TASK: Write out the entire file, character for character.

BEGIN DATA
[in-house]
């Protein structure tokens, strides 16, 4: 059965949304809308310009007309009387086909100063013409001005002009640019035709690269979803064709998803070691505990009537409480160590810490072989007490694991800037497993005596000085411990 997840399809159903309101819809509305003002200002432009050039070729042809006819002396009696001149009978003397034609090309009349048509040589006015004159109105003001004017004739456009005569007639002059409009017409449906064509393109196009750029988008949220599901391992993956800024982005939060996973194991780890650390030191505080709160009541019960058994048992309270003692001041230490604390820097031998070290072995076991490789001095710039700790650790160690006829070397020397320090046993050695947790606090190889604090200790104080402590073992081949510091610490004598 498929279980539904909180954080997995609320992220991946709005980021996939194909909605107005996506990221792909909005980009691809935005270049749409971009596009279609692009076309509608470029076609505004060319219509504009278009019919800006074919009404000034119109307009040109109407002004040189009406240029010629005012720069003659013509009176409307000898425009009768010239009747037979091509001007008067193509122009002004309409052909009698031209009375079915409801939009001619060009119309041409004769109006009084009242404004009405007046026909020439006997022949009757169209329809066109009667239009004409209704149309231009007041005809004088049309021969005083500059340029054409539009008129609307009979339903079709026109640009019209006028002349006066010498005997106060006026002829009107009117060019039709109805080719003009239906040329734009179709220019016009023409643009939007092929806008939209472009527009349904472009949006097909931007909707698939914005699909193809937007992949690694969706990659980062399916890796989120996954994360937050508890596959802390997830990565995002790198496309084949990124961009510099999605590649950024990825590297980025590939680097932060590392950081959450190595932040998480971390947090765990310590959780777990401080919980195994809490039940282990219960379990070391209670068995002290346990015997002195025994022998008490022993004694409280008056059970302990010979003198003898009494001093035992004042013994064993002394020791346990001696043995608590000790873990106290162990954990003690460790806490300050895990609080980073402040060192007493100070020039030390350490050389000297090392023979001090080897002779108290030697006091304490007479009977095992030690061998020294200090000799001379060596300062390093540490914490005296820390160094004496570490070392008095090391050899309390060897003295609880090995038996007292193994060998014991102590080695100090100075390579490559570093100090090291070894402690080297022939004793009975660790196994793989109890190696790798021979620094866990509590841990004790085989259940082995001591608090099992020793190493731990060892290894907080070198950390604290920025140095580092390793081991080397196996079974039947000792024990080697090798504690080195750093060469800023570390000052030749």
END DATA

[in-house]
């Protein structure tokens, strides 16, 4: 059965949304809308310009007309009387086909100063013409001005002009640019035709690269979803064709998803070691505990009537409480160590810490072989007490694991800037497993005596000085411990 997840399809159903309101819809509305003002200002432009050039070729042809006819002396009696001149009978003397034609090309009349048509040589006015004159109105003001004017004739456009005569007639002059409009017409449906064509393109196009750029988008949220599901391992993956800024982005939060996973194991780890650390030191505080709160009541019960058994048992309270003692001041230490604390820097031998070290072995076991490789001095710039700790650790160690006829070397020397320090046993050695947790606090190889604090200790104080402590073992081949510091610490004598 498929279980539904909180954080997995609320992220991946709005980021996939194909909605107005996506990221792909909005980009691809935005270049749409971009596009279609692009076309509608470029076609505004060319219509504009278009019919800006074919009404000034119109307009040109109407002004040189009406240029010629005012720069003659013509009176409307000898425009009768010239009747037979091509001007008067193509122009002004309409052909009698031209009375079915409801939009001619060009119309041409004769109006009084009242404004009405007046026909020439006997022949009757169209329809066109009667239009004409209704149309231009007041005809004088049309021969005083500059340029054409539009008129609307009979339903079709026109640009019209006028002349006066010498005997106060006026002829009107009117060019039709109805080719003009239906040329734009179709220019016009023409643009939007092929806008939209472009527009349904472009949006097909931007909707698939914005699909193809937007992949690694969706990659980062399916890796989120996954994360937050508890596959802390997830990565995002790198496309084949990124961009510099999605590649950024990825590297980025590939680097932060590392950081959450190595932040998480971390947090765990310590959780777990401080919980195994809490039940282990219960379990070391209670068995002290346990015997002195025994022998008490022993004694409280008056059970302990010979003198003898009494001093035992004042013994064993002394020791346990001696043995608590000790873990106290162990954990003690460790806490300050895990609080980073402040060192007493100070020039030390350490050389000297090392023979001090080897002779108290030697006091304490007479009977095992030690061998020294200090000799001379060596300062390093540490914490005296820390160094004496570490070392008095090391050899309390060897003295609880090995038996007292193994060998014991102590080695100090100075390579490559570093100090090291070894402690080297022939004793009975660790196994793989109890190696790798021979620094866990509590841990004790085989259940082995001591608090099992020793190493731990060892290894907080070198950390604290920025140095580092390793081991080397196996079974039947000792024990080697090798504690080195750093060469800023570390000052030749």